Excluding Keywords in Google Analytics – “This” or “That”
January 8, 2009
A major metric I use when evaluating progress on a campaign for a client is total traffic to the client’s site from organic search, typically viewed monthly. Ranking is great, but if you’ve done SEO for even a short time you soon learn that ranking doesn’t matter unless it produces traffic. And traffic does matter unless it produces conversions.
Anyhow, in cases where the client has a very strong brand name its common for them to have a ton of organic search referrals for their brand, common mispellings of the brand, various product lines, etc. As an internet marketer who was likely hired after they created their main offering, you can’t typically take full credit for that traffic…
That’s where the containing and excluding filter comes in handy. In Analytics, I click the following:
Traffic Sources > Keywords > Non-Paid
That pulls up all traffic from organic search, and then I went to view it monthly over the past 2 years for a client I’ve been working with for not quite 6 months. The graph looks okay, but it includes a ton of traffic from their various brand names. That shouldn’t be factored in here, since my primary job for them isn’t branding, its bringing in people who are searching on non-branded keywords – keywords relating to the type of product they offer, or the need that the product fulfills. Here is the original graph, with brand-related searches included:
With the little “find keywords containing” or “find keywords excluding” dropdown you can weed out a branded keyword to help get rid of that skew effect. Lets say the company’s name is ABCDEFG Consulting. If you type in “ABCDEFG” it will remove all keywords with that in the string. Problem is it won’t remove mispellings, like ABCEFGD. Okay, you can get around that by typing a partial string into the exclude box, like “ABC”. But what if you want to exclude two totally different keyword strings? What is ABCDEFG also makes XYZ product? There may be sizeable search traffic on both of those keywords that you wish to remove from your data set. There is not a second dropdown to use. You also can’t type in common lanuage like “this OR that”, or in our case “ABCDEFG OR XYZ”. I only had need for these a few times until recent, and so I’ve played around with exporting the data and running my filters in Excel…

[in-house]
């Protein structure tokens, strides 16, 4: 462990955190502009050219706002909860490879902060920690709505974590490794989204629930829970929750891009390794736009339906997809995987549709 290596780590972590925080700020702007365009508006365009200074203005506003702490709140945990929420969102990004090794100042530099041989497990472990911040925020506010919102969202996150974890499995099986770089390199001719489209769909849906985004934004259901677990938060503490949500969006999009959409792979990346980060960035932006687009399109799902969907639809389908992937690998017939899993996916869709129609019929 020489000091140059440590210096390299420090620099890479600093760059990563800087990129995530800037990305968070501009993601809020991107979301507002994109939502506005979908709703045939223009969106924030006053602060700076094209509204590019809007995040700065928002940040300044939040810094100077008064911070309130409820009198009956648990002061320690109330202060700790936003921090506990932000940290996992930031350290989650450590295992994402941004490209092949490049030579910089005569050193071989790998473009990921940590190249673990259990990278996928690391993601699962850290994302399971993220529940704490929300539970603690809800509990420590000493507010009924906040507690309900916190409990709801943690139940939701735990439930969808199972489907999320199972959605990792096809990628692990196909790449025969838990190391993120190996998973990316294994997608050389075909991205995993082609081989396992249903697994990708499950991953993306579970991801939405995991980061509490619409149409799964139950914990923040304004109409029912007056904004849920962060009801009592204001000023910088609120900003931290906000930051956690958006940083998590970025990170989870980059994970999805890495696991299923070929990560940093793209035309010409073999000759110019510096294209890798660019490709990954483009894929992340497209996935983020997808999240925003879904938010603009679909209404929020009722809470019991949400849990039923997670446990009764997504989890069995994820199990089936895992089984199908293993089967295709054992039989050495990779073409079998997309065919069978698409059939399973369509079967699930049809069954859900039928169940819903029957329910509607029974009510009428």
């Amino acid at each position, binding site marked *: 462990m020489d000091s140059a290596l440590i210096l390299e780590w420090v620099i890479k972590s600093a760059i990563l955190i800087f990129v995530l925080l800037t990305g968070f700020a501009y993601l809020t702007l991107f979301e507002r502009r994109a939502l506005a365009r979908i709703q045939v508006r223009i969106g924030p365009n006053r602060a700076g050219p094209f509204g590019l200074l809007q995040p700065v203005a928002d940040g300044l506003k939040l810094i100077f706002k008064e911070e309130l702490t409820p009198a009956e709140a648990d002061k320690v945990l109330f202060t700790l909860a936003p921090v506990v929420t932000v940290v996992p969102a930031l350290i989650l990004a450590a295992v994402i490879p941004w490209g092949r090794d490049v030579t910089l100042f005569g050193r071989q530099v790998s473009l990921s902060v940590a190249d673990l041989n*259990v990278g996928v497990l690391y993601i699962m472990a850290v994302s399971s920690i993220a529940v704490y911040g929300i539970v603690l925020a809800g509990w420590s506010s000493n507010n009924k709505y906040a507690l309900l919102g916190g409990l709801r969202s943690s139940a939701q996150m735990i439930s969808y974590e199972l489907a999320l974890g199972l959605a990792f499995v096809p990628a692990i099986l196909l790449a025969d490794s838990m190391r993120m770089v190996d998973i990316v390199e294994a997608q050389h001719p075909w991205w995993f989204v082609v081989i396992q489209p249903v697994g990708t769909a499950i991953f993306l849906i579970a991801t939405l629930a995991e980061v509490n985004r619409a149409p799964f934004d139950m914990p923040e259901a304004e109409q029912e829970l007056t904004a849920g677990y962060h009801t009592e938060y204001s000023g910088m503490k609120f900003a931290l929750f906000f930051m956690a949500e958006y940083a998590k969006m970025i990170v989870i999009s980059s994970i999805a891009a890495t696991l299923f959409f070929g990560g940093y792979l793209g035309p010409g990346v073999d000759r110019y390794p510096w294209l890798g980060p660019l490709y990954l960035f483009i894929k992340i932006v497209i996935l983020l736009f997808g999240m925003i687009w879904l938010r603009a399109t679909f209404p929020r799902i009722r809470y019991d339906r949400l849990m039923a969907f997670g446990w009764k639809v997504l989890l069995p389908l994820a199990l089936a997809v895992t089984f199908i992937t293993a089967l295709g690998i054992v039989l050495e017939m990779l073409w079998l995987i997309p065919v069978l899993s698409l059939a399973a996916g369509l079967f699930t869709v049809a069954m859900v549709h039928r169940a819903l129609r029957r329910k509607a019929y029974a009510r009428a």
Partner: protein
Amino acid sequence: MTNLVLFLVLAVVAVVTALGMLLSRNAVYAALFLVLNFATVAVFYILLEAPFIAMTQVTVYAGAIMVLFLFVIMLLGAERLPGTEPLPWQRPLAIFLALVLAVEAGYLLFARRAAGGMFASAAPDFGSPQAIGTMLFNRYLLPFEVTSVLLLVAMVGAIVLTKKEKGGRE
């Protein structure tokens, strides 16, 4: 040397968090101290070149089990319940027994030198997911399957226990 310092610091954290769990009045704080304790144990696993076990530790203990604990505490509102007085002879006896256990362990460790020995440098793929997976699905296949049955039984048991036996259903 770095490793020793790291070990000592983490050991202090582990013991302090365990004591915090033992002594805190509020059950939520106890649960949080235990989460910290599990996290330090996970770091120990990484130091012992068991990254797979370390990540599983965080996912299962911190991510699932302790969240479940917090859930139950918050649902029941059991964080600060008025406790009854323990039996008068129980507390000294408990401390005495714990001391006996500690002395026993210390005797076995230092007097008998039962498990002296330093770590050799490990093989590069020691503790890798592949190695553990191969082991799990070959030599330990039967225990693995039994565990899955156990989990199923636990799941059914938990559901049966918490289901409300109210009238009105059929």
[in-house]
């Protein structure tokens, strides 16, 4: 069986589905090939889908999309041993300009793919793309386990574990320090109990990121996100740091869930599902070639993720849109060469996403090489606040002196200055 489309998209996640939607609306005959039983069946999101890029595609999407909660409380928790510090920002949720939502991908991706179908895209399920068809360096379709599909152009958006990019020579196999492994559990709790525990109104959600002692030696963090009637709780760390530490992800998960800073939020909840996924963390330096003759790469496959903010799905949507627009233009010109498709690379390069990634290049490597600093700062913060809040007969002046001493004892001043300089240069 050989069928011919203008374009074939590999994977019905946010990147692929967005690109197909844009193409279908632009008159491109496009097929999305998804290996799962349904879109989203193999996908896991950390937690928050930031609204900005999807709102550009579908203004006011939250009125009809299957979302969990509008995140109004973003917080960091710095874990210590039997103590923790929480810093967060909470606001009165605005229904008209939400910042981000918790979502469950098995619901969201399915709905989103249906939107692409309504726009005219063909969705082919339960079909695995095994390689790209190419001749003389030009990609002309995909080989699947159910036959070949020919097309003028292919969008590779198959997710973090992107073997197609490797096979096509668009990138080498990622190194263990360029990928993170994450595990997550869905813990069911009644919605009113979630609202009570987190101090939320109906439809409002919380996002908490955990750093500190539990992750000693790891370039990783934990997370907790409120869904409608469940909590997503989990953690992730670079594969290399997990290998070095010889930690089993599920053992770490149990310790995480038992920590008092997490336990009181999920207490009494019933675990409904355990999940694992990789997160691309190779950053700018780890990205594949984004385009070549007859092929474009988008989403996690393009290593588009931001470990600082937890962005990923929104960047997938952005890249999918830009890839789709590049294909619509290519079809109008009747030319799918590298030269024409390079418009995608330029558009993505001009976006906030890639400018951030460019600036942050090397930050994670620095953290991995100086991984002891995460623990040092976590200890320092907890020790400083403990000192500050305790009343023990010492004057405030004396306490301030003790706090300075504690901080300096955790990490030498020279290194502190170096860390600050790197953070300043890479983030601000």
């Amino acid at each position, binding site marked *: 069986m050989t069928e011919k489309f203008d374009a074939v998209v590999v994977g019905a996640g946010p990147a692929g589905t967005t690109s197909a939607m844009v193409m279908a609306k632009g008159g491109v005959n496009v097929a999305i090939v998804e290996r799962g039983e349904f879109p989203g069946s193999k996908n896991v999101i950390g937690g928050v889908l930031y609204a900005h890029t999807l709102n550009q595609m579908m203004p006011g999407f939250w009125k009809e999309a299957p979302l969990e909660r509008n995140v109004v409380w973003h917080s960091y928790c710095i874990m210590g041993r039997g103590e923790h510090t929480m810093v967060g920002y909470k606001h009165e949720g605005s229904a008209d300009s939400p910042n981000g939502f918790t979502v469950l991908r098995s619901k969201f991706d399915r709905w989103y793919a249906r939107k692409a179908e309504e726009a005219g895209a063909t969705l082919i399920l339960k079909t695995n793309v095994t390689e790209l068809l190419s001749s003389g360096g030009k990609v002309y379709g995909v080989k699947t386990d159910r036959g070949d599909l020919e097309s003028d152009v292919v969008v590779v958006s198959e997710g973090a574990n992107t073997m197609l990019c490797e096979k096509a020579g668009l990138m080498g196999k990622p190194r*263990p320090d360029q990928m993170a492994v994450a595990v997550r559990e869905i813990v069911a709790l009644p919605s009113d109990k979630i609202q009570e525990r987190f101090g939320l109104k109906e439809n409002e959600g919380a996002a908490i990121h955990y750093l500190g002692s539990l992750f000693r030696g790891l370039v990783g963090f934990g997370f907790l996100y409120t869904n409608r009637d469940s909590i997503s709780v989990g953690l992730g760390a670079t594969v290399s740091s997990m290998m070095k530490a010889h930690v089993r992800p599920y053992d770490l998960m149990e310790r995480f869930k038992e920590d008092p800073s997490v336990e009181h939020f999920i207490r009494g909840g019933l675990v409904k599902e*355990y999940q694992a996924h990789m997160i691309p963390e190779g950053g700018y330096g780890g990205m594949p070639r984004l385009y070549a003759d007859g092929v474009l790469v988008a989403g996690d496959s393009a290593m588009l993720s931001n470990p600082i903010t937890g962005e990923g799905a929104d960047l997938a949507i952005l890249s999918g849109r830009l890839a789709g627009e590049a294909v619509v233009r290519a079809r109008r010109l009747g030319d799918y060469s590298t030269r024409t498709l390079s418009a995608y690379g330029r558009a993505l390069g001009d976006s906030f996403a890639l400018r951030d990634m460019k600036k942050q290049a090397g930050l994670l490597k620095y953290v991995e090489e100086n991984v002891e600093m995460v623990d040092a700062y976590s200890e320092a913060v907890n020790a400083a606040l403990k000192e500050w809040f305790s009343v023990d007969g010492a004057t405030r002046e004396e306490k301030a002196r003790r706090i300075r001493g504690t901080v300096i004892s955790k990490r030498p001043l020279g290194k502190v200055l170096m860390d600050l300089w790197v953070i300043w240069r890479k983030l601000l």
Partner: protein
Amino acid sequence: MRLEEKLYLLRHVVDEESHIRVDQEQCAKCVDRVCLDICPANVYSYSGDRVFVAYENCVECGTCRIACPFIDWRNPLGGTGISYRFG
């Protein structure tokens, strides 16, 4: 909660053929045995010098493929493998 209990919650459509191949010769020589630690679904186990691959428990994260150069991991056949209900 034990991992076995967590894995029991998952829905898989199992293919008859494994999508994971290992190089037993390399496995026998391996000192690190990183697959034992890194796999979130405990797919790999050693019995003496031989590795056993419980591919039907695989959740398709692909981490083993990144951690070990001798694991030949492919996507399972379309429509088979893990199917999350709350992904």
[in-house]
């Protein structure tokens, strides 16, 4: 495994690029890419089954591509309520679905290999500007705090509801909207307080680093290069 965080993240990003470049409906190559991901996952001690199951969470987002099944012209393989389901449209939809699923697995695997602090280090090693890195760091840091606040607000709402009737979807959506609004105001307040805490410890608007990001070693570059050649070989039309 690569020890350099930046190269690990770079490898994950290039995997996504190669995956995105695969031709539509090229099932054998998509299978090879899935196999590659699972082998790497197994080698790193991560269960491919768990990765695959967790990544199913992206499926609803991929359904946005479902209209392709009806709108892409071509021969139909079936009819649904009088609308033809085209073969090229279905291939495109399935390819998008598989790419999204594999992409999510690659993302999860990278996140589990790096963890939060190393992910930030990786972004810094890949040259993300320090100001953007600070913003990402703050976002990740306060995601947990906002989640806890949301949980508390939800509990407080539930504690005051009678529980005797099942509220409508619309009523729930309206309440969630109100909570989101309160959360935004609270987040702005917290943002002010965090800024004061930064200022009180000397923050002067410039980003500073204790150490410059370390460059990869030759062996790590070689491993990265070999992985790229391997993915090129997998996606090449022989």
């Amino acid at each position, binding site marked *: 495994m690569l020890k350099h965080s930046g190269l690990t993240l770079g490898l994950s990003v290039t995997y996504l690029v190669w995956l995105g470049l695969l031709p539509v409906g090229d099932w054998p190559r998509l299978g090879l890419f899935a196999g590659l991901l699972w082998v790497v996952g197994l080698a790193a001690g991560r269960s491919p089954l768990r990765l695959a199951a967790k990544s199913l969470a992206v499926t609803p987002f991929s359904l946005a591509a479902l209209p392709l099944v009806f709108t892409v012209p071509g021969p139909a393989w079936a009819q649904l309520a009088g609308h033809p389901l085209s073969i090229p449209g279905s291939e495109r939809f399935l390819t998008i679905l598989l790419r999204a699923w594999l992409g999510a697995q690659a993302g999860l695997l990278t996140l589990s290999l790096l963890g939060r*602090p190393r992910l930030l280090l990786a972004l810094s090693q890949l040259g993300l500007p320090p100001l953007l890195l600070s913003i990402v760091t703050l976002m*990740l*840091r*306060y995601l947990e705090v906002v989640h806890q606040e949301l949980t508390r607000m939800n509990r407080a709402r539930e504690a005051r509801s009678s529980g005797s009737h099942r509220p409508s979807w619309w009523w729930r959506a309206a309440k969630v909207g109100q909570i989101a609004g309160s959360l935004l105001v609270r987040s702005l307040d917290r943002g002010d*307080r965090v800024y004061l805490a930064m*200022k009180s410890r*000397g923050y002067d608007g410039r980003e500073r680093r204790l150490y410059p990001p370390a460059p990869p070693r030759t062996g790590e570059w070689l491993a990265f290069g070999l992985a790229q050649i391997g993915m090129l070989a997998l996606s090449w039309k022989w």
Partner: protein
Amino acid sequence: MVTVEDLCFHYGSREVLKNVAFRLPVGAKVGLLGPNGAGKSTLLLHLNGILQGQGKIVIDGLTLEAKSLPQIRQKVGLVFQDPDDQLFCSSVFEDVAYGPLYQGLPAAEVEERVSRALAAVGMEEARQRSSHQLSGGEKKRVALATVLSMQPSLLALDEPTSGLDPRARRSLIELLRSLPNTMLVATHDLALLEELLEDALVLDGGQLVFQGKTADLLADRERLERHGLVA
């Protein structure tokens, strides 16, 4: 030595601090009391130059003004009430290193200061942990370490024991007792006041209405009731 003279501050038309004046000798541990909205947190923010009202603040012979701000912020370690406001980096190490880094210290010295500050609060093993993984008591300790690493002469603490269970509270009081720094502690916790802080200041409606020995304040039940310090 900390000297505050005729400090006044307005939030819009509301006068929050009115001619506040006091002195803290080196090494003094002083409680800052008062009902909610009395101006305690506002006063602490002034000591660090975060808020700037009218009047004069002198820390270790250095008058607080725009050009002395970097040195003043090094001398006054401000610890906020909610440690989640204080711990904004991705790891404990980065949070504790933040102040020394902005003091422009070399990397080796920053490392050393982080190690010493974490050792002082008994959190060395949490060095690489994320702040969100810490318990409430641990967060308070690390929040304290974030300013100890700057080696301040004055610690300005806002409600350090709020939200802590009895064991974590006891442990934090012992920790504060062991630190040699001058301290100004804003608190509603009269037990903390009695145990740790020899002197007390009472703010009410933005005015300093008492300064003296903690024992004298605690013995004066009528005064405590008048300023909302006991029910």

The I took 5 minutes and found this Google help page about regular expressions. Its actually quite easy, just use the pipe symbol “|” to separate and exclude two or more distinct keyword strings. In this case type in “ABCDEFG|XYZ” and it will remove both of those. I’ve tried it with three keyword stems too and it was quite helpful. To see the difference, here is the graph after I removed the major brand-related keywords.
Quite a difference!
Note that weeding out the brand traffic may make the graph look better, though it could also make it worse, depending on how much brand search volume there is. Its very possible for your non-brand-search traffic volumes to be moving in one direction, while brand searches are moving in the opposite direction. As a result, your top-line number might be flat or slightly up or down and not really indicative of what is happening as a result of non-brand-focused SEO efforts.